Can you now use Aadhaar in place of your PAN card? In her Budget speech last Friday, Finance Minister Nirmala Sitharaman said that she was proposing to make Aadhaar, the 12-digit unique biometric identity assigned to residents, interchangeable with PAN, the Permanent Account Number assigned to individuals and entities that pay tax in the country.
The move comes after several years of attempts by the government to force citizens into linking their PAN card and Aadhaar numbers, which the state claims makes it easier to weed out those evading taxes. Despite those efforts, Sitharaman has now proposed to make Aadhaar and PAN “interchangeable”.
What does that mean?
Here is what Sitharaman said in the Budget speech:
“Mr Speaker, Sir, more than 120 Crore Indians now have Aadhaar. Therefore, for ease and convenience of tax payers, I propose to make PAN and Aadhaar interchangeable and allow those who do not have PAN to file Income Tax returns by simply quoting their Aadhaar number and also use it wherever they are required to quote PAN.”
So are Aadhaar and PAN interchangeable?
No. Or at least, not fully.
First, a reminder of what these two identification documents are.
Aadhaar is a 12-digit number that is attached to your biometric data, and can be used for just about any sort of identification or authentication. Though it was initially envisioned as a tool to ease the delivery of welfare benefits, it has grown to become a catch-all identity document that can be used for any interaction, whether with the state or a private organisation.
PAN cards have a much more specific use. These are 10-digit Permanent Account Numbers generated by the Income Tax Department, meant to be quoted in significant financial transactions that might attract tax scrutiny.
What Sitharaman proposed was letting Aadhaar be used in place of PAN, but not vice-versa. In other words, you can quote Aadhaar for financial transactions and while filing your income tax returns. But you cannot use PAN in place of Aadhaar for welfare services or any other situation in which it is mandatory.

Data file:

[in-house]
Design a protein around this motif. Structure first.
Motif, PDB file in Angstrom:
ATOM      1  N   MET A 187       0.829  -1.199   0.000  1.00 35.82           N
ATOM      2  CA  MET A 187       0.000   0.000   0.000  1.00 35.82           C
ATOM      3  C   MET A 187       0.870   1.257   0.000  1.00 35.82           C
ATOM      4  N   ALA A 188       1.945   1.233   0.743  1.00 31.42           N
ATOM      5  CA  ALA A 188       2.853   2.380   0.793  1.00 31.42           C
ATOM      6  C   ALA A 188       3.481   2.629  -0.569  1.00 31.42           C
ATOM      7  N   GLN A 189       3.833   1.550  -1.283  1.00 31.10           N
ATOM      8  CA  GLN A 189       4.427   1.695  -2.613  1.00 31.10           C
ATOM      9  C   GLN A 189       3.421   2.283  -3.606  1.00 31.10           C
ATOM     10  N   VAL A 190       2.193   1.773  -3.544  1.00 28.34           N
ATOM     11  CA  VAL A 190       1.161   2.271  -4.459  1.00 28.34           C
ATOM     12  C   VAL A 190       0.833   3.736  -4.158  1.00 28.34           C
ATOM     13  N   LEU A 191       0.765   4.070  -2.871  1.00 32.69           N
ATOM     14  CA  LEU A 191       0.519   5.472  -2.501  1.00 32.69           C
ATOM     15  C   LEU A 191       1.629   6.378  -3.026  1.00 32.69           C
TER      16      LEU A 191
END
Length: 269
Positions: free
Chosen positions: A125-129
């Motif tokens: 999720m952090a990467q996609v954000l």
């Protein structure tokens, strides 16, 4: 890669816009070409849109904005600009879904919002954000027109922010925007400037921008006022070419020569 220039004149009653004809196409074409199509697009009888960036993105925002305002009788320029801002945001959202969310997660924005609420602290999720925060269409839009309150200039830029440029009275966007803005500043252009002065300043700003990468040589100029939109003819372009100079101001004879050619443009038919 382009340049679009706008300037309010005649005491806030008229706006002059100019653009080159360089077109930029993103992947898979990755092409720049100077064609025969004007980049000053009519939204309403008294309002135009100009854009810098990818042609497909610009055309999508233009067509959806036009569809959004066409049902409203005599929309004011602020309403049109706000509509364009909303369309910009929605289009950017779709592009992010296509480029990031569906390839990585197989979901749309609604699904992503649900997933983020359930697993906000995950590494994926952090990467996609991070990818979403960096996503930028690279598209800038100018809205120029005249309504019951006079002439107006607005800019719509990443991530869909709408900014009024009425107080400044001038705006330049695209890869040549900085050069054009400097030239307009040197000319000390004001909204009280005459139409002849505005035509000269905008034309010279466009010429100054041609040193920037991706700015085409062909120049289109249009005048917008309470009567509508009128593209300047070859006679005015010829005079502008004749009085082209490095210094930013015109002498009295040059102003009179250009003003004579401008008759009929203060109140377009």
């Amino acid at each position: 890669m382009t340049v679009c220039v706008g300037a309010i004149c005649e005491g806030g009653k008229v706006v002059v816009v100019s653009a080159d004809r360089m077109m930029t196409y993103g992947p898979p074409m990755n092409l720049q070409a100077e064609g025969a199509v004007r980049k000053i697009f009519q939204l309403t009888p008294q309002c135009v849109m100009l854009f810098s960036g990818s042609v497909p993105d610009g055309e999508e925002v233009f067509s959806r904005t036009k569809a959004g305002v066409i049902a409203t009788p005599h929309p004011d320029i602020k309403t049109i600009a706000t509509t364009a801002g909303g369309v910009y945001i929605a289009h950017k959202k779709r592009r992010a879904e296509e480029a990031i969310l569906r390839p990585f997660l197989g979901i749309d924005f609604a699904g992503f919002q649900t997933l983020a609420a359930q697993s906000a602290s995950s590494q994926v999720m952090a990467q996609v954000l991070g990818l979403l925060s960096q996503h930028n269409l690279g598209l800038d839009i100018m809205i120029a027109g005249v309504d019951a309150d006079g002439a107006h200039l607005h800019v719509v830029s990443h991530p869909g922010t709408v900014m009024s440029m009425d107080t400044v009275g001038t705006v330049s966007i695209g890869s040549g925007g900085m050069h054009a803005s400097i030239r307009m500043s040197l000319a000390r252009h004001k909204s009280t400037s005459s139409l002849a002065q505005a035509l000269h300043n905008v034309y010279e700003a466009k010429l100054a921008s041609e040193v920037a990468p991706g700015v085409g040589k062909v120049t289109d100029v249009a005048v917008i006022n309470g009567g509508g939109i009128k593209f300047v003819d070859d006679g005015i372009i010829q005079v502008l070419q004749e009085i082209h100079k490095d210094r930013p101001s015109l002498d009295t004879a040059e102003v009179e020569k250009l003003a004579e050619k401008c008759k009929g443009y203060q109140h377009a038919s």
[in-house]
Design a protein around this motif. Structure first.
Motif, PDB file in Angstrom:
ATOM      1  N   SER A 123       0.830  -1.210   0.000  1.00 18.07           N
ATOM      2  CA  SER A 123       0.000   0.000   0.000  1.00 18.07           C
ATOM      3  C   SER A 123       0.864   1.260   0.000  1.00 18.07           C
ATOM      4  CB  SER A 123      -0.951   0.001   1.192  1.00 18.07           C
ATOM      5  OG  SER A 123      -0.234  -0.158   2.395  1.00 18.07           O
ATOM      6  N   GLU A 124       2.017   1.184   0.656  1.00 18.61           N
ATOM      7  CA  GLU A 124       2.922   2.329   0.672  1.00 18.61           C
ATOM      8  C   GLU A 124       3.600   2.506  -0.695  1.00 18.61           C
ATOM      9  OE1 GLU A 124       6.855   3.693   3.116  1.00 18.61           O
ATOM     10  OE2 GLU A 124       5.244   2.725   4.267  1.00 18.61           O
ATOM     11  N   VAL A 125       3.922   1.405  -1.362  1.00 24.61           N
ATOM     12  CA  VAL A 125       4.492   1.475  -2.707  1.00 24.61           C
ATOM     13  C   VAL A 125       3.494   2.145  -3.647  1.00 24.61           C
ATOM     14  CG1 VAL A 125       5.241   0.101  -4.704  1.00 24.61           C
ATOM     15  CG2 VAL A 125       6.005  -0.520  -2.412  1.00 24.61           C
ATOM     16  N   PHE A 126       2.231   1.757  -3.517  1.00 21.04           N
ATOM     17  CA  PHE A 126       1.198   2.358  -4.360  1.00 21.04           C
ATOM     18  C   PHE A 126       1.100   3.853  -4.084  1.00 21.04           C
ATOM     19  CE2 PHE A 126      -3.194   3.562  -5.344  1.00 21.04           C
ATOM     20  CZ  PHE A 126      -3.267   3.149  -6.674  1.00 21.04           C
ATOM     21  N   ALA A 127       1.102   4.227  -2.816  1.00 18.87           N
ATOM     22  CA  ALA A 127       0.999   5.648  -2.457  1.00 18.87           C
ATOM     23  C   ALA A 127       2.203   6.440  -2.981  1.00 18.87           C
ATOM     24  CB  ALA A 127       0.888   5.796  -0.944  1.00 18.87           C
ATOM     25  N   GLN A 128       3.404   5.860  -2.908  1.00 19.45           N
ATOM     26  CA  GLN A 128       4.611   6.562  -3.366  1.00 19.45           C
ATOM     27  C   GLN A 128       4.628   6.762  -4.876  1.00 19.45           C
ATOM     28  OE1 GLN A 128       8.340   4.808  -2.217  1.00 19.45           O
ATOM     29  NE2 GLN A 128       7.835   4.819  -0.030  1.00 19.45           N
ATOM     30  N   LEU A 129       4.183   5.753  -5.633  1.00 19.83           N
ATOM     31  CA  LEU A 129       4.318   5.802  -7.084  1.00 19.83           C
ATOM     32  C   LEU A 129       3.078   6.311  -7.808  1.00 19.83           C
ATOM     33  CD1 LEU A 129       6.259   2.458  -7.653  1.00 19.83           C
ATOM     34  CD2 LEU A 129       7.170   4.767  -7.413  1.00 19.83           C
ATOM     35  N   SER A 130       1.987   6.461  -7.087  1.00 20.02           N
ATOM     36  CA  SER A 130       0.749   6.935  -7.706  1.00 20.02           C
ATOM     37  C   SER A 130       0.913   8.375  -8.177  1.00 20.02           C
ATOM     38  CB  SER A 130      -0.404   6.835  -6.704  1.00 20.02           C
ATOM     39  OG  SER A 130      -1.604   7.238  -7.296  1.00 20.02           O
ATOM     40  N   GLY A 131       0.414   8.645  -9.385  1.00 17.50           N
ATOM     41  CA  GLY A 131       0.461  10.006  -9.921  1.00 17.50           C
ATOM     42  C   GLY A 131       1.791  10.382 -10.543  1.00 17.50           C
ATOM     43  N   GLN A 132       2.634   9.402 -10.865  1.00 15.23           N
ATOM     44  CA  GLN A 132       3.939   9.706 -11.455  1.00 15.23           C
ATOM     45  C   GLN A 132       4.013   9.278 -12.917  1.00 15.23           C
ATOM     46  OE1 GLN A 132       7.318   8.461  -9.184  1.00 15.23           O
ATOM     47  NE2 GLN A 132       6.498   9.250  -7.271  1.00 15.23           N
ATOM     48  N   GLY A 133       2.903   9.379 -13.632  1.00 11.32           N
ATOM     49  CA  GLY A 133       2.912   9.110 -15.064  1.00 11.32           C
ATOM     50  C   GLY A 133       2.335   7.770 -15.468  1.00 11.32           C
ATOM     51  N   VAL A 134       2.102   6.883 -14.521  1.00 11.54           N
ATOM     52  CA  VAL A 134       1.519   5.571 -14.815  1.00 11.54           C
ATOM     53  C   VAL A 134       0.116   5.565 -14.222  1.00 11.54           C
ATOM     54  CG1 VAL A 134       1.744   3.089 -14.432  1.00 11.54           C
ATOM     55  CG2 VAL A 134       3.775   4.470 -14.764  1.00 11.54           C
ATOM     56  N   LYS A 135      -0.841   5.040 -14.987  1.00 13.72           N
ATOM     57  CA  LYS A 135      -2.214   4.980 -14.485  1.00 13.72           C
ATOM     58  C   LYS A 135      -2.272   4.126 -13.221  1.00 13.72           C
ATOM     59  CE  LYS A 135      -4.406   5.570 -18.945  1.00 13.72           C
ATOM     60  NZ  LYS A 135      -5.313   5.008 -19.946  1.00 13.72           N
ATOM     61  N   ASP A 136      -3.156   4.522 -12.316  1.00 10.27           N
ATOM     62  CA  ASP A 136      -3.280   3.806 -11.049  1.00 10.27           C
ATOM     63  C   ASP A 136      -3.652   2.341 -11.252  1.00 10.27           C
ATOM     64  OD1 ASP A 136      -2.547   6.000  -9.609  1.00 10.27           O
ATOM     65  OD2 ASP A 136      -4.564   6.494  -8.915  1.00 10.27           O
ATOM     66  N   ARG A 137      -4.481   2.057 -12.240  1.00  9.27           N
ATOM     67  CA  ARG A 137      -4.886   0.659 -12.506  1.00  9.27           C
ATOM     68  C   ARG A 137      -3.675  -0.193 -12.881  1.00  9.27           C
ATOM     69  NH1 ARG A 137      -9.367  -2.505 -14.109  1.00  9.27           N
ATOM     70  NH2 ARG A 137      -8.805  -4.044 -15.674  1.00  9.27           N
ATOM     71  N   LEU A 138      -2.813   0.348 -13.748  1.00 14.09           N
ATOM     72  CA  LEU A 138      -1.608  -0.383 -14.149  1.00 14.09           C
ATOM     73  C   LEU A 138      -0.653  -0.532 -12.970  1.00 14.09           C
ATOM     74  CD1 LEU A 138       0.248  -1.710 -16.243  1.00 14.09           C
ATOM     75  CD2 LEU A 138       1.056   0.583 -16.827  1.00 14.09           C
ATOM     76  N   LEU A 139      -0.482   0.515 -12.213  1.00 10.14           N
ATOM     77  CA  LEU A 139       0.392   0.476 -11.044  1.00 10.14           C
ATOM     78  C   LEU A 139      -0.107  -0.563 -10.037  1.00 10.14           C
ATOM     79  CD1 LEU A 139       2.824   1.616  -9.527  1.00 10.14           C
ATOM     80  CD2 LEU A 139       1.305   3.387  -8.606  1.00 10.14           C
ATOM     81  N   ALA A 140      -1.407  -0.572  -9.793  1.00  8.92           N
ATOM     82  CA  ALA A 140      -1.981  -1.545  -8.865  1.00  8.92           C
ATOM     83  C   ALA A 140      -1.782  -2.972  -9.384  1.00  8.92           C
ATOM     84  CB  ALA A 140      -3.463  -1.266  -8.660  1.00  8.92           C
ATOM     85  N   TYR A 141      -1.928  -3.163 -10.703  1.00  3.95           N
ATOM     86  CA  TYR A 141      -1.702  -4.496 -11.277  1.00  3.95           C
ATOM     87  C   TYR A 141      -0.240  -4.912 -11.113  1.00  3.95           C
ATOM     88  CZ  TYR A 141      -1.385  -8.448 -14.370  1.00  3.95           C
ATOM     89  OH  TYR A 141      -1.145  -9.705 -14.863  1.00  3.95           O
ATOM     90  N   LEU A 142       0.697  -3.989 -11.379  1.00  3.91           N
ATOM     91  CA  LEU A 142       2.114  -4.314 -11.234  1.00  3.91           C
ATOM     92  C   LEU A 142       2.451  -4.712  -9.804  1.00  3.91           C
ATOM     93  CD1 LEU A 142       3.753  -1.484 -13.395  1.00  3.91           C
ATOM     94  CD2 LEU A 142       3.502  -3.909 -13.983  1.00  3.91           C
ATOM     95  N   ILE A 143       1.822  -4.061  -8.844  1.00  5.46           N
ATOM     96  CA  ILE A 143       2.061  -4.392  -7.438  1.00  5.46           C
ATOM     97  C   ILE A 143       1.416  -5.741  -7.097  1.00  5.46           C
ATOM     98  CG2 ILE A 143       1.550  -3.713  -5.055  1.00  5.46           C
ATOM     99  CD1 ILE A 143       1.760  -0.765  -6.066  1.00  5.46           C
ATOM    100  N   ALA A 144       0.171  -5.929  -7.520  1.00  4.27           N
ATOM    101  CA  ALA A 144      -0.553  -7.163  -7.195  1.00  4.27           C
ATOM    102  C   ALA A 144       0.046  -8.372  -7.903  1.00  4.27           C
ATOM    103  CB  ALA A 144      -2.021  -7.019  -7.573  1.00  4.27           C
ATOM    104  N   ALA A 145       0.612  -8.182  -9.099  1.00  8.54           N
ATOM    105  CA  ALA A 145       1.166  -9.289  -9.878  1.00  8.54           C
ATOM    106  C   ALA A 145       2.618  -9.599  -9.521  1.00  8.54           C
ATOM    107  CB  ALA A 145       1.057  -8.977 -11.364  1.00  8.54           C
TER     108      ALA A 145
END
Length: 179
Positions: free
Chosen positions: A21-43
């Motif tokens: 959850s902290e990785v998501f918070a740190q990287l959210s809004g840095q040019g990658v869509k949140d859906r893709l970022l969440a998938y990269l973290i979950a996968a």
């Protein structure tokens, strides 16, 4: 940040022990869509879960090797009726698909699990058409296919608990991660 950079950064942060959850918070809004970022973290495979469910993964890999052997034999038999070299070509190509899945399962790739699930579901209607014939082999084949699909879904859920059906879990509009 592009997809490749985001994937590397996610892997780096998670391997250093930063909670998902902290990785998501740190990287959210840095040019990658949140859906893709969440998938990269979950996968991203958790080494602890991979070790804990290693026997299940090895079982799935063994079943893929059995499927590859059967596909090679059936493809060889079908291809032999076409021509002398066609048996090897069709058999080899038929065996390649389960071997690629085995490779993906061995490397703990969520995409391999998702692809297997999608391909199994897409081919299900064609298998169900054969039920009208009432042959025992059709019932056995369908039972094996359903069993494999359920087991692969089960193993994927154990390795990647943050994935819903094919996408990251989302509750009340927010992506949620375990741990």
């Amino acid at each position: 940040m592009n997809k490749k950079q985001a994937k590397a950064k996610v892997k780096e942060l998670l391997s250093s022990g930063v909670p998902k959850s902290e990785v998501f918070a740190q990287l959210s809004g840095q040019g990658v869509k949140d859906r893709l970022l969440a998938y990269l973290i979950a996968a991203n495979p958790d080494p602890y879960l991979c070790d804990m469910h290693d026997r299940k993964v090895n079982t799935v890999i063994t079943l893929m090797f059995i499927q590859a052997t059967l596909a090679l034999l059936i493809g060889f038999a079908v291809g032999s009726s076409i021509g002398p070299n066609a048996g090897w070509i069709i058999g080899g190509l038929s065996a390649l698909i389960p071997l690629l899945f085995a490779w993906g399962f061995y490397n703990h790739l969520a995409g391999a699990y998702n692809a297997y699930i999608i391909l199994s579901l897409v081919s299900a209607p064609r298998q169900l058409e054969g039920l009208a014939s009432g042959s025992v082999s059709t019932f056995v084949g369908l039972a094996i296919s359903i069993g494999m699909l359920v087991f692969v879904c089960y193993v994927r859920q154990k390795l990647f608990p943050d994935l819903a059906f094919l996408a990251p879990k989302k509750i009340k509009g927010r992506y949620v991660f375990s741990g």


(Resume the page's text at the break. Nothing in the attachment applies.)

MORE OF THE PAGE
Does that mean I don’t have to link Aadhaar and PAN?
No. PAN-Aadhaar linking is still mandatory, and you still need to quote your Aadhaar number while filing Income Tax returns. The deadline for PAN-Aadhaar linking is September 30, 2019. If your PAN is not linked to an Aadhaar number by that date, it is at risk of becoming “inoperative”. Earlier, the law said that PANs that are not linked to Aadhaar would become invalid, but in this year’s Finance Bill, the government has altered the language to simply say they would be inoperative.
Regardless, it is mandatory to both quote Aadhaar in your Income Tax Returns and to link your PAN to Aadhaar by September 30, 2019.
This requirement has been challenged by activists opposed to the mandate to use Aadhaar, who believe it is unconstitutional and petitioned for a review of the Supreme Court decision permitting voluntary linking of PAN-Aadhaar. The Rethink Aadhaar campaign has also drafted a letter for taxpayers to send to the Central Board of Direct Taxes protesting the mandatory requirement of Aadhaar quoting and linking.
Why do it then?
The proposal is not aimed at those who do not want to link Aadhaar and PAN, which the government still considers mandatory. Instead, it is intended at those who have Aadhaar but do not yet have a PAN card.
More than 1.2 billion people, that is 120 crore, have Aadhaar. However, only about 420 million people, 42 crore, have PAN cards.
This limited interchangeability is primarily aimed at those masses who have Aadhaar but don’t have PAN cards. According to the Central Board of Direct Taxes Chairman Pramod Chandra Mody, anyone who files Income Tax Returns quoting an Aadhaar that is not linked to PAN will be assigned a new Permanent Account Number.
As Revenue Secretary Ajay Bhushan Pandey put it, “Some people may prefer to use Aadhaar and some may prefer PAN. But at the backend for every Aadhaar there will be a PAN and for every PAN there will be an Aadhaar. The PAN base grows indirectly from 22 crore to 120 crore because for every PAN, Aadhaar has become equivalent or interchangeable.”
For those who do have both Aadhaar and PAN, and have linked both, it simply becomes a matter of convenience. For Income Tax Returns, or transactions over a certain amount, they can either quote Aadhaar or PAN.
Will PAN cards be phased out?
It doesn’t seem likely, at the moment at least. “I don’t see any need for phasing it out,” said Pandey, the Revenue Secretary. “It is the people’s choice. After all, there are people who are more comfortable using the PAN card.”